PSA: How to protect yourself from your ISP

On my last post I suggested we should be legitimately suspicious of our ISPs. One of my friends[1] asked, “Any thoughts on which VPN service to use?”

If you’re not technical, VPN stands for “Virtual Private Network.” In brief, a VPN service encrypts all your traffic, including your domain name lookups[2]. Your encrypted request goes to the VPN server, and the VPN server decrypts it and forwards it to the end server. Your ISP can’t see any of it.

So I reached out to a couple security expert friends. They recommended StrongVPN ( or ExpressVPN ( They suggested that either would suffice; both offer basic security including DNS. ExpressVPN is probably a little easier to use, but StrongVPN probably has a slight edge in security.

First, beware VPNs that are too cheap to be believable. That’s a hint they are selling data about you to make up the difference. Second, pick a VPN provider that will offer a variety of protocols so you can avoid the ISPs continually upgrading their ability to snoop.

I prefer StrongVPN because Express has been caught before with weak ciphers – and they have that problem again now (just look at their web site in SSL Labs for example). Overall I find Strong to be more professional.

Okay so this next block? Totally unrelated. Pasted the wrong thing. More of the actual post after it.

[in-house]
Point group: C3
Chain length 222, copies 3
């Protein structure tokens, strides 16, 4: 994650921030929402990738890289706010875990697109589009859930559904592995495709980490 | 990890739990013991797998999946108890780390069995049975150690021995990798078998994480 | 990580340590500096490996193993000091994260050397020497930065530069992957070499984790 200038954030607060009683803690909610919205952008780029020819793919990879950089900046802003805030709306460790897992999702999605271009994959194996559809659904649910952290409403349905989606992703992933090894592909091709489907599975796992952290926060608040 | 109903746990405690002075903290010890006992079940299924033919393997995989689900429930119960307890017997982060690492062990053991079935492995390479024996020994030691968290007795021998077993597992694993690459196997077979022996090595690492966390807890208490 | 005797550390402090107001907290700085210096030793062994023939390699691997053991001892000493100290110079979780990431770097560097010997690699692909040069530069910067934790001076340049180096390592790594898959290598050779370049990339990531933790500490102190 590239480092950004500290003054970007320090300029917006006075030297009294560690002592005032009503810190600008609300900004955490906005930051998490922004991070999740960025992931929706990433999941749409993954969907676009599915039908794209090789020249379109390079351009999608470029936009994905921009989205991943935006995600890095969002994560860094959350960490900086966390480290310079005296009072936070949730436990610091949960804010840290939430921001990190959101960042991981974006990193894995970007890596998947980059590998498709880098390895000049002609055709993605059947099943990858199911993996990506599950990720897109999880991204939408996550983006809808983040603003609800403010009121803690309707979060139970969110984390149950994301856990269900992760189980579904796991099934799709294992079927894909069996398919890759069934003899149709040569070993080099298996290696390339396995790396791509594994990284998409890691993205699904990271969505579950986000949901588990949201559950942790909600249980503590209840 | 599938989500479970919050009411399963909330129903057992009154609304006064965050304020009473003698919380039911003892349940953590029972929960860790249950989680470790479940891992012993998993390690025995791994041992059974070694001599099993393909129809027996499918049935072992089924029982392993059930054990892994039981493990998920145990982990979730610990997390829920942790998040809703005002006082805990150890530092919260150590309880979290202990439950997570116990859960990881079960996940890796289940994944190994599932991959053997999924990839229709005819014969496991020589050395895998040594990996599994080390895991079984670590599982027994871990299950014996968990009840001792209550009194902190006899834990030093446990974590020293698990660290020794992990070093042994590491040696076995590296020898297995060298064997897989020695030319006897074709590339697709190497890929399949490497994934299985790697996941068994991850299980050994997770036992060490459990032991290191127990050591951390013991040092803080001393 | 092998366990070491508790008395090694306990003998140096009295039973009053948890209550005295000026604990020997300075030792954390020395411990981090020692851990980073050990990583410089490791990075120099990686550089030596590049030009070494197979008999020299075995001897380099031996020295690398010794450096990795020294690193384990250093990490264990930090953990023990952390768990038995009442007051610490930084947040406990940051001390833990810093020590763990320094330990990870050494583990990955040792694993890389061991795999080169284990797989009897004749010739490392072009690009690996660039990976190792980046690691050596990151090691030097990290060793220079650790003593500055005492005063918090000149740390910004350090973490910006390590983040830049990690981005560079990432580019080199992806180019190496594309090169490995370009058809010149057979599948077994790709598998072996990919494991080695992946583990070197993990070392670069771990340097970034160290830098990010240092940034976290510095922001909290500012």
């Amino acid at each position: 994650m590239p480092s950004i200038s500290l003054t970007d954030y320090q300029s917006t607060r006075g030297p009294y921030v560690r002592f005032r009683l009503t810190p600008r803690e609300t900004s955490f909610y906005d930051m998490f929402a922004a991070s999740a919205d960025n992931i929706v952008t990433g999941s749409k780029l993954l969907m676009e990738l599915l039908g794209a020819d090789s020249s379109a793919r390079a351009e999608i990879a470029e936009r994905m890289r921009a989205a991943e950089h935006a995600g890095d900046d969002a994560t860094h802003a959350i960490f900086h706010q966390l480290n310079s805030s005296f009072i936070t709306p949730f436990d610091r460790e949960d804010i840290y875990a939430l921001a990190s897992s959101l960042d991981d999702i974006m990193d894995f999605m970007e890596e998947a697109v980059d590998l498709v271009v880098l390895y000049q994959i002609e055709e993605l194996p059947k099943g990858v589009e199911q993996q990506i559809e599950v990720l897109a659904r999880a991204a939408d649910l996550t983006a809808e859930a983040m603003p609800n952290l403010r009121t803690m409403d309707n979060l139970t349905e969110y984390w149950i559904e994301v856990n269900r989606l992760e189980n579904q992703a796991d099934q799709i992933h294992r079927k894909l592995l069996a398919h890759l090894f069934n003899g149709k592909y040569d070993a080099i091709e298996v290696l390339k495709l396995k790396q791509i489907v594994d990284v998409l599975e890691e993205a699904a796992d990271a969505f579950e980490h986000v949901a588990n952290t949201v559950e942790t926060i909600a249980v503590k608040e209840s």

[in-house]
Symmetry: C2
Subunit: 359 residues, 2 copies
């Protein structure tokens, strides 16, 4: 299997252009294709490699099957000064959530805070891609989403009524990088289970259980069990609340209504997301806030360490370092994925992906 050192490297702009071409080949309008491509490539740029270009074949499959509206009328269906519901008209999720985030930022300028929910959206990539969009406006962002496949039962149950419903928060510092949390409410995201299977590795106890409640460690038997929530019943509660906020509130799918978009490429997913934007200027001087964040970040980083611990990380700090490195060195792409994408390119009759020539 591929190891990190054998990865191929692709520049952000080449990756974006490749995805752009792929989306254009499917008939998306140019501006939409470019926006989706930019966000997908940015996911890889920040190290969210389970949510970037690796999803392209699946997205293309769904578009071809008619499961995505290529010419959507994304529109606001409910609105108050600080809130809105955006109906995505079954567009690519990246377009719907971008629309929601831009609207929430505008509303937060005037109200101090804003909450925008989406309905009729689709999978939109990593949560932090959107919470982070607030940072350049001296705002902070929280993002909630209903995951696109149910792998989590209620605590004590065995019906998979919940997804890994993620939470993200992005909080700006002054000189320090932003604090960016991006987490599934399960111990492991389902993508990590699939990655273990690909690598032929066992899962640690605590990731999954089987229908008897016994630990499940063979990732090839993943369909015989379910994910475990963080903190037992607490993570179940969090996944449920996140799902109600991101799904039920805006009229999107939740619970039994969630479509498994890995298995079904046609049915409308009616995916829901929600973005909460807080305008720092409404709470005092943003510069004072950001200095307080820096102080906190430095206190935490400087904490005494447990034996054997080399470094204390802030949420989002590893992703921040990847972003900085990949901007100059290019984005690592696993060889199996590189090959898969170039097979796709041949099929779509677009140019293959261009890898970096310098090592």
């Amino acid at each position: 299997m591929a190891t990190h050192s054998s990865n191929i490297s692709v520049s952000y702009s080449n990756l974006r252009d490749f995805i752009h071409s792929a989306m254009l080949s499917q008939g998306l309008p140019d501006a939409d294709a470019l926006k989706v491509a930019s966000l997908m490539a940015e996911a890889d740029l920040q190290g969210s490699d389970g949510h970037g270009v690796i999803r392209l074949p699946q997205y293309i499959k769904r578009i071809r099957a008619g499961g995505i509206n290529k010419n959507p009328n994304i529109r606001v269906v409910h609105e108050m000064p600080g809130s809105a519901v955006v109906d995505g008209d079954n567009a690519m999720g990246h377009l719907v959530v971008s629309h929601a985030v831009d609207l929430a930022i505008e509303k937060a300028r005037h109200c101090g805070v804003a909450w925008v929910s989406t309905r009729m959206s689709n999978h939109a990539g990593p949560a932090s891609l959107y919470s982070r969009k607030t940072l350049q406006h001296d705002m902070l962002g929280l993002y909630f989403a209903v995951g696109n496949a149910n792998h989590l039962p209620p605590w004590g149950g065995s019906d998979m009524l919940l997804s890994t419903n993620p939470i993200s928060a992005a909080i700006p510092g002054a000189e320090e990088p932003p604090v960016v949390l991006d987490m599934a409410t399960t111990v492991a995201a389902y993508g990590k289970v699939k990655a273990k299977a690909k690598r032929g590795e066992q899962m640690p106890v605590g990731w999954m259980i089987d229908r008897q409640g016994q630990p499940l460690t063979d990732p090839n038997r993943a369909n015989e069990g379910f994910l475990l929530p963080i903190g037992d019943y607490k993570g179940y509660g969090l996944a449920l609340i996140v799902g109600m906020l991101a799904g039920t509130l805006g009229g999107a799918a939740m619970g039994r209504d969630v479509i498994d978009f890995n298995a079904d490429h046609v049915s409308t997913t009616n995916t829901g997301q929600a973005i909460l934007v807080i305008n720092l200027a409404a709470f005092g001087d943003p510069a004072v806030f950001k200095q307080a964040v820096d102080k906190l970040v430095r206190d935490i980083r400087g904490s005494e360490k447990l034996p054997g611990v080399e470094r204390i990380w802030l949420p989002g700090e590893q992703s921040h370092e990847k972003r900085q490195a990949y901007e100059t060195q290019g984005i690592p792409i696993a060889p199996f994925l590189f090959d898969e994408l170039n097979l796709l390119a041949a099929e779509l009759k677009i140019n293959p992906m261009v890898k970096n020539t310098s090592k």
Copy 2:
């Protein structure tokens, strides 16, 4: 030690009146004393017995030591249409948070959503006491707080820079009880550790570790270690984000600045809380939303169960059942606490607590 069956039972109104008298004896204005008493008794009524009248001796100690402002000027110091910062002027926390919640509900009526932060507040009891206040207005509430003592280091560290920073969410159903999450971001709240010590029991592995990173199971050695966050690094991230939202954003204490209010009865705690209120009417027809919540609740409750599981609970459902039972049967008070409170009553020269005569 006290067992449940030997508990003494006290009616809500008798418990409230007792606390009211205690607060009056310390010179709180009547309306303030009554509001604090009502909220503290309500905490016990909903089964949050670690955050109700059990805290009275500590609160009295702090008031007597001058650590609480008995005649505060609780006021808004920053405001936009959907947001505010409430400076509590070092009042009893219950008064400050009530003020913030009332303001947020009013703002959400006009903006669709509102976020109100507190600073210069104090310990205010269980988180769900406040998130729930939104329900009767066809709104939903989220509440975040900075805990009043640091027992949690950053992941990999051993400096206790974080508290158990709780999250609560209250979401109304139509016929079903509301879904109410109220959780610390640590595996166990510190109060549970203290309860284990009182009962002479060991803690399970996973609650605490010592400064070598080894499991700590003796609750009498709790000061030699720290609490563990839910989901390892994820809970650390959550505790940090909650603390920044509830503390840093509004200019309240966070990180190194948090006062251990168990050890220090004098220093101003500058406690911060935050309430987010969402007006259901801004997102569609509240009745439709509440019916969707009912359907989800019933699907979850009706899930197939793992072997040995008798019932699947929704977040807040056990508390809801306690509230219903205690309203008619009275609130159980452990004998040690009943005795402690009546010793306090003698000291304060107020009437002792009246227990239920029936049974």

That said, any VPN is better than no VPN. It’s probably a good idea to have one; setting one up has been on my todo list forever. I’ll be setting it up this weekend. Let me know if you’re interested and I’ll share how it went.

[1] In some cases, “brother-in-law” counts as a “friend.”
[2] To oversimplify, every computer on the internet has a unique number identifying it, called the “Internet Protocol address,” or IP address for short, that looks something like this: “” When you type in a domain name in the address bar in your browser, such as “” or “” or even “,” that has to be translated into an IP address. The mapping from domain names to IP addresses is handled by something called a domain name server, or DNS for short. So loading a web page takes at least two steps: first, your computer calls a DNS and asks for the right IP address; then it calls that IP address to get the web page. All of which means that the company that runs your DNS server knows every website you visit – not what you do there, but that you’ve gone there. Not as big a security risk as the details, but consequential. If you want to actually understand all that, this YouTube video might help.

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